When purchasing a home, you will likely be asked if you’d also like to purchase title insurance. This is a no-brainer for most people, after all, it is a one-time fee for a policy that will protect you against forged deeds, releases or wills, undisclosed or missing heirs, mistakes in recording legal documents, liens for unpaid taxes, and many other common defects that can come up. What you may not know, is the often complex process that goes into getting a policy. Here is what happens after you’ve made the smart decision to purchase title insurance.
After the request for title is made, a title examiner will locate records for name, tax and property information. This preliminary title report will help the title examiner retrieve hard copies of the documents at a faster rate. Some of the usual searches will include county searches against the property, judgment searches against any involved party to the transaction, tax searches, and patriot searches.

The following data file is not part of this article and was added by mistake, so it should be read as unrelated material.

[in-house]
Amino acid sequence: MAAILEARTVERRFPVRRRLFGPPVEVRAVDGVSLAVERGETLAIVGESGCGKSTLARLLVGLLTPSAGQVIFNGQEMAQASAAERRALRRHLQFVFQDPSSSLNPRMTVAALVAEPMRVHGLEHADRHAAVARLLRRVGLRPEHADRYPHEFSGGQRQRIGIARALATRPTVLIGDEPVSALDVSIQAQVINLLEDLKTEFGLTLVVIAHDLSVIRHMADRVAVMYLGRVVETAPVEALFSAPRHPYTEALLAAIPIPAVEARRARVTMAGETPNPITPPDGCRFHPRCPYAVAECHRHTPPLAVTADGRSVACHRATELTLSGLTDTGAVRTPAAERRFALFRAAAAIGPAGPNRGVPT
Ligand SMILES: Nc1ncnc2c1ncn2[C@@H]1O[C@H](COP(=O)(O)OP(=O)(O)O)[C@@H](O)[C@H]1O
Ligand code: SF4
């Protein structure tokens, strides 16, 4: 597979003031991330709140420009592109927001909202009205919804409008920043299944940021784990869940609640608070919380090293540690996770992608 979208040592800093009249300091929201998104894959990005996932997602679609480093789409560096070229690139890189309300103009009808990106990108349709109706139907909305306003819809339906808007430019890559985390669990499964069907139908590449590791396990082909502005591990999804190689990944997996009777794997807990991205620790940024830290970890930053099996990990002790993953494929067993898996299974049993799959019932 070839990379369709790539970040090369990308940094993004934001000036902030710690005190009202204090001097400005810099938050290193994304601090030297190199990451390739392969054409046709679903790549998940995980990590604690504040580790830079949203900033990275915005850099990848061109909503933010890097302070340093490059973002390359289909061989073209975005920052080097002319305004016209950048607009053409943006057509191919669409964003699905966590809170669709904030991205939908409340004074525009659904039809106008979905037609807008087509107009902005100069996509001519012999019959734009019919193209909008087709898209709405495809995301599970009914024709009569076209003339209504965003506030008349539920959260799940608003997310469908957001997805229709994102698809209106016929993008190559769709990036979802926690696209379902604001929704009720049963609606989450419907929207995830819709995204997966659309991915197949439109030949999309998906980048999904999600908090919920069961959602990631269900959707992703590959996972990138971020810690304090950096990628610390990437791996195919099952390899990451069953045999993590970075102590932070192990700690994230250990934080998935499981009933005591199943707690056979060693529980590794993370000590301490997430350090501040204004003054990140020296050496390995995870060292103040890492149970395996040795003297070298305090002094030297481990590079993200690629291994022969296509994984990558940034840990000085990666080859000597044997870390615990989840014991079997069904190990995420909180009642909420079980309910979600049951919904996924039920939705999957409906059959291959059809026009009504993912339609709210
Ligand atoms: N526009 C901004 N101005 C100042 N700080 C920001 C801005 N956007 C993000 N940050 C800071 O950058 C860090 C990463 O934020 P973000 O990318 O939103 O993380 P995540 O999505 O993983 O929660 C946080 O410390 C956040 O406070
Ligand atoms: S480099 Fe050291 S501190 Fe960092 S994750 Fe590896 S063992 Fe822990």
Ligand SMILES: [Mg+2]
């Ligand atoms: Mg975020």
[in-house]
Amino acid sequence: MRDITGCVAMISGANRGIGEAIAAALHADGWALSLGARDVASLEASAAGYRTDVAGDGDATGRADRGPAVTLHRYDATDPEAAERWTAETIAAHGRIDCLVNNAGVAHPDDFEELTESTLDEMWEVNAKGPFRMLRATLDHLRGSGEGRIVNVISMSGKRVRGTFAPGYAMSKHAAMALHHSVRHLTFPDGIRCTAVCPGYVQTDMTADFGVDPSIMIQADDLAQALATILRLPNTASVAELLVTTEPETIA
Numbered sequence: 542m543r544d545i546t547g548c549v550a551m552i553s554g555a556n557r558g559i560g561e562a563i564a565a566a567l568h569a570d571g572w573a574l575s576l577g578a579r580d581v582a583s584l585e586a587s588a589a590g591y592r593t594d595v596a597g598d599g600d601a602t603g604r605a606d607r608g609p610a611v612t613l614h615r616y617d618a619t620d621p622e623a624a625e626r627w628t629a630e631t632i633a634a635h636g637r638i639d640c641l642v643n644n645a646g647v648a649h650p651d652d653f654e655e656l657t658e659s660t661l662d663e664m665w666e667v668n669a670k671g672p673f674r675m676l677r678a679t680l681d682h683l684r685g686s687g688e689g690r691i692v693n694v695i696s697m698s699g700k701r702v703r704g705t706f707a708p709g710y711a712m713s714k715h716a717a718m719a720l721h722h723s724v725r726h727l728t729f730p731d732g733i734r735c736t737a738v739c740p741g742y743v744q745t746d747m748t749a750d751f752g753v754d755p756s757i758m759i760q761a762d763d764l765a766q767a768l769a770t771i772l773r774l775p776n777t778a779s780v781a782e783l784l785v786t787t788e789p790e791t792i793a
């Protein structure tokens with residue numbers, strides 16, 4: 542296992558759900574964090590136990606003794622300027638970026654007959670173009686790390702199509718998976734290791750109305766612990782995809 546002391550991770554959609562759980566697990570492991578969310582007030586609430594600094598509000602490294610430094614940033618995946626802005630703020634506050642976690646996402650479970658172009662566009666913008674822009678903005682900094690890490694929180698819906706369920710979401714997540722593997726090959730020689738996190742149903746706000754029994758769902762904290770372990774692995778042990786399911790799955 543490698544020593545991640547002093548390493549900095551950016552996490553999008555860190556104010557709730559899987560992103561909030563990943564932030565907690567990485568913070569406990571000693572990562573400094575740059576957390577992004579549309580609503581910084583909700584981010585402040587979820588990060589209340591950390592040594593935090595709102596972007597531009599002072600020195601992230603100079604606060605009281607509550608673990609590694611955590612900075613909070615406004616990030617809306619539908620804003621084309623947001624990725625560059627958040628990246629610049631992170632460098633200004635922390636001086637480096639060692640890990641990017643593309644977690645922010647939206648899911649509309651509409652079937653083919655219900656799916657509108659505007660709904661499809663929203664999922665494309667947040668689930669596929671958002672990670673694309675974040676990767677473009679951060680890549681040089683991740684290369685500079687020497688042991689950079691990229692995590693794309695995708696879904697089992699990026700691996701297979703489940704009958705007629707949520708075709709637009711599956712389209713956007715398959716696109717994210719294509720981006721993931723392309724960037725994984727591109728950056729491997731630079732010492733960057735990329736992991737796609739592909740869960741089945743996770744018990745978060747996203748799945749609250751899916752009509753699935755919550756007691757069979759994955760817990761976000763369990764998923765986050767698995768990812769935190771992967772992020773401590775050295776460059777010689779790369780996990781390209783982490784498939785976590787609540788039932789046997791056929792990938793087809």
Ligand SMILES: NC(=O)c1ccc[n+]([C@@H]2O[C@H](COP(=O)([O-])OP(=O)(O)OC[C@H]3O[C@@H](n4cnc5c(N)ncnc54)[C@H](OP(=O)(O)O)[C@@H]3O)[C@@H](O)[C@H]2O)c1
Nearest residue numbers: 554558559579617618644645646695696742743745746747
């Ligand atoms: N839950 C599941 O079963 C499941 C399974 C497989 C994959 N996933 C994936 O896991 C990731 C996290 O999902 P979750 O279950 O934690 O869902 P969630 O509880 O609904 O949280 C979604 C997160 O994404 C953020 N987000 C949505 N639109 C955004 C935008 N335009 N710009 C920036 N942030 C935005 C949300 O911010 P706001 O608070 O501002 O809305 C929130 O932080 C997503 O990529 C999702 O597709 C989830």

Next, the title examiner will do an in-depth examination of all documents on record. This examination will help to evaluate all of the information on record and how or if that information will affect the title of the property.
Next the title binder is issued. The title binder is a commitment to issue a title policy. A binder is meant to protect both the buyer and the seller during the transitional phase of the sale. This document outlines the amount of coverage the title insurance company will provide, the terms and conditions, and the limitations in the policy. It also outlines any ‘clouds’ that might affect the sale.
A cloud on title is any irregularity or defect in the ownership of the subject property. Some of these irregularities or defects could include things like incorrect surveys, unpaid taxes, foreclosure attempts, judgements and more.
After the clouds have been exposed, it is important to address the defects with both the buyer and the seller.
Finally, after clouds on title have been removed and the decision to move forward with the purchase is made, a title insurance policy can be issued. This is a one-time only premium payment. The buyer will pay this fee at the time of closing and the policy will remain in effect for as long as the buyers owns the property.